At first our efforts were anxious and halting. We kept giving the Lord our trust and then taking it back.On one hand, it's frustrating because I know I can't move on to the next step until I've really got this one down. I did that the last few times I went through the steps and they didn't work for me. On the other hand, I've come to the same realization every addict comes to at this point in recovery:
Eventually each of us realized that we not only had to give up our addictions, but we also had to turn our entire will and life over to God.That scares me because I feel like there are certain things outside my addiction that I don't want to give up.
I spoke with my Bishop about that anxiety last night. To give him some background of how I view turning my entire will and life over to God, I told him a story: When I was a senior in high school, I decided I was never going to read a non-church related book ever again. Also, six months before I left for my mission, I decided not to go on any dates. I was giving up that thing I enjoyed to serve God better.
I know it's extreme, but for some reason I've always expected more of myself than others do, even God. My Bishop confirmed that when he said that God doesn't expect us to give up everything. I can still watch Netflix — I just shouldn't binge watch 10 episodes of Gotham in two days. I can still play games on my phone — I just shouldn't let it interfere with my family and other important things. I could go on, but I think you get the point.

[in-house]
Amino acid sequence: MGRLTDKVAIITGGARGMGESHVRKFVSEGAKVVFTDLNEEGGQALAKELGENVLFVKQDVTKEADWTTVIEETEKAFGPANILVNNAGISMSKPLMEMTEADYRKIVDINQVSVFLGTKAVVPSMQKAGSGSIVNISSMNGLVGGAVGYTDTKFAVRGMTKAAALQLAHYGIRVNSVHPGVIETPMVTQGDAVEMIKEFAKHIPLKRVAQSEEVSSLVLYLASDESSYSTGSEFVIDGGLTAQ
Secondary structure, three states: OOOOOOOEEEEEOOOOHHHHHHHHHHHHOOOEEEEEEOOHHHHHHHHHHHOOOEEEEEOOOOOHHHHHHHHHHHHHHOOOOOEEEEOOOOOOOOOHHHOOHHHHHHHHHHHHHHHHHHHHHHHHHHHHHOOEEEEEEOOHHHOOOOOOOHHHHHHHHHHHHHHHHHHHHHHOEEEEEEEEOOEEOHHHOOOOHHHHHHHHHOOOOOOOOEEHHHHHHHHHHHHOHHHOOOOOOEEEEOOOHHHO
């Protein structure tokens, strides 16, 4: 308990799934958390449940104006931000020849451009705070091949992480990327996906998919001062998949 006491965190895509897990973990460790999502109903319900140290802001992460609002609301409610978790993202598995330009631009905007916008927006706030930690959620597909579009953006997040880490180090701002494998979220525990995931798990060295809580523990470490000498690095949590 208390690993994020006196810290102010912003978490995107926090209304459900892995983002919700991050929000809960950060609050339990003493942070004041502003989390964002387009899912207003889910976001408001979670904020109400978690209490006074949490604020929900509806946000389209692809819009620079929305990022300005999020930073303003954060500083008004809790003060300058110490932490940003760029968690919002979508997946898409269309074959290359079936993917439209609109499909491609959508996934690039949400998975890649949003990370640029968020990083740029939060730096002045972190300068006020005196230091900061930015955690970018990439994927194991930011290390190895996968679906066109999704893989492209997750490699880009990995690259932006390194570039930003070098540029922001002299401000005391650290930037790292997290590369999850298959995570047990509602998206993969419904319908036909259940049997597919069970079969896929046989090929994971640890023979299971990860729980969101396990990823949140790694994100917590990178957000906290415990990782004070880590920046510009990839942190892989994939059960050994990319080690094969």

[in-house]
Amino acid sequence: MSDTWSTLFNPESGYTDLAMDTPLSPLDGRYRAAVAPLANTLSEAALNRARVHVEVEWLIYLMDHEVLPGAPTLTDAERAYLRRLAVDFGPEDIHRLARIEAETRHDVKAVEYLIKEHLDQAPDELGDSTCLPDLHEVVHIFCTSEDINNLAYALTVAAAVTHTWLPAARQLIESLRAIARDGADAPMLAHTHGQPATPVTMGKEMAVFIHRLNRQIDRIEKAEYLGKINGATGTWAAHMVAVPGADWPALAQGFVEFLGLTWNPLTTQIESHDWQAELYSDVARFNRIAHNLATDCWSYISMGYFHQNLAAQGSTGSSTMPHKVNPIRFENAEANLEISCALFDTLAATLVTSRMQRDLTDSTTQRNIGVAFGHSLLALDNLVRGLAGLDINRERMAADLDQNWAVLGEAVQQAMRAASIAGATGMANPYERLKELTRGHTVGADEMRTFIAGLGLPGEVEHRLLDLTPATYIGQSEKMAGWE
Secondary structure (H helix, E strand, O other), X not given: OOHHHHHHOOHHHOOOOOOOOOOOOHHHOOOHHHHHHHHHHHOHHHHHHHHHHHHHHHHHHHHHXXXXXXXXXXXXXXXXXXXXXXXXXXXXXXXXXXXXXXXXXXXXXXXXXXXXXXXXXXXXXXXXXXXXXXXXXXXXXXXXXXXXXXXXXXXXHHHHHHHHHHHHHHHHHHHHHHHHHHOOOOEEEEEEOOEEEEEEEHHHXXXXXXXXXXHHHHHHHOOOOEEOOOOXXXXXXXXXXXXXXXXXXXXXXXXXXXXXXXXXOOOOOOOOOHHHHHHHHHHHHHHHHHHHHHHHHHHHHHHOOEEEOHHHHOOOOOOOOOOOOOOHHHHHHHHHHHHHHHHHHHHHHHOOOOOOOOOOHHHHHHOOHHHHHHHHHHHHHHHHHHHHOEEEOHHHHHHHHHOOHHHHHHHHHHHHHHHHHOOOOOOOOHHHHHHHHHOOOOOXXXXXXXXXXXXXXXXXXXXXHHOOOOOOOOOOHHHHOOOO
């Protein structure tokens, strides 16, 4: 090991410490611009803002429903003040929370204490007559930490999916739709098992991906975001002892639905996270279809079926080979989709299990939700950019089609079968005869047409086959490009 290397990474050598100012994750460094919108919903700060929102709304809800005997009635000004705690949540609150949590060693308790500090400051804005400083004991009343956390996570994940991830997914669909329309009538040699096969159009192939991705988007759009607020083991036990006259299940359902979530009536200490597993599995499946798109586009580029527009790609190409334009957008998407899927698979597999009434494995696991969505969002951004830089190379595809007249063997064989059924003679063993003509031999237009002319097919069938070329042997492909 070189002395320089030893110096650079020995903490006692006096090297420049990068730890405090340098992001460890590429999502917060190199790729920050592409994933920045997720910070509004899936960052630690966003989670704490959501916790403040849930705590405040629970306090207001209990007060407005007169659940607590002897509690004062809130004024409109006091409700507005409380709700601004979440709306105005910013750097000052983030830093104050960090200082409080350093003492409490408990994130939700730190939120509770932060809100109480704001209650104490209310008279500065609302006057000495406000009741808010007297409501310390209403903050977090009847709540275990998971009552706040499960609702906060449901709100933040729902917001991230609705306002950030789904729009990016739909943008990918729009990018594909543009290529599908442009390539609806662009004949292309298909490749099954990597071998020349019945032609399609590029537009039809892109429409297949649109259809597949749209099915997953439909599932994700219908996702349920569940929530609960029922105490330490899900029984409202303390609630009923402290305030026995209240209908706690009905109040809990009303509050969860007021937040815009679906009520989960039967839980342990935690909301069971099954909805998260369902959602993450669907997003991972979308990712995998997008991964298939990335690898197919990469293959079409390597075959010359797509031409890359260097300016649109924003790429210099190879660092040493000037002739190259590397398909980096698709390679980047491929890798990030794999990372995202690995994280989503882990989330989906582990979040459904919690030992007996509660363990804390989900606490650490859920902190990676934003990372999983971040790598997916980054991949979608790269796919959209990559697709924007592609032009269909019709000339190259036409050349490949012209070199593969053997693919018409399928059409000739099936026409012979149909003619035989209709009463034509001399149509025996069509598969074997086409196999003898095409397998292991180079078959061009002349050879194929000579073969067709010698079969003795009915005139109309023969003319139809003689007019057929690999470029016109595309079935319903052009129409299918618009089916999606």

What it boils down to is that submitting my will simply means being who God needs me to be.
In Matthew 23:23, Christ talks about how the scribes and Pharisees were so focused on giving the best for tithing, but they "omitted the weightier matters of the law, judgment, mercy, and faith." Submitting my will is so much more about studying Christ's life and becoming more like Him — giving up those character weaknesses that don't fit the mold — than it is making sure I keep all the commandments.
Don't get me wrong. Keeping the commandments is essential to salvation, but there's more to it than that.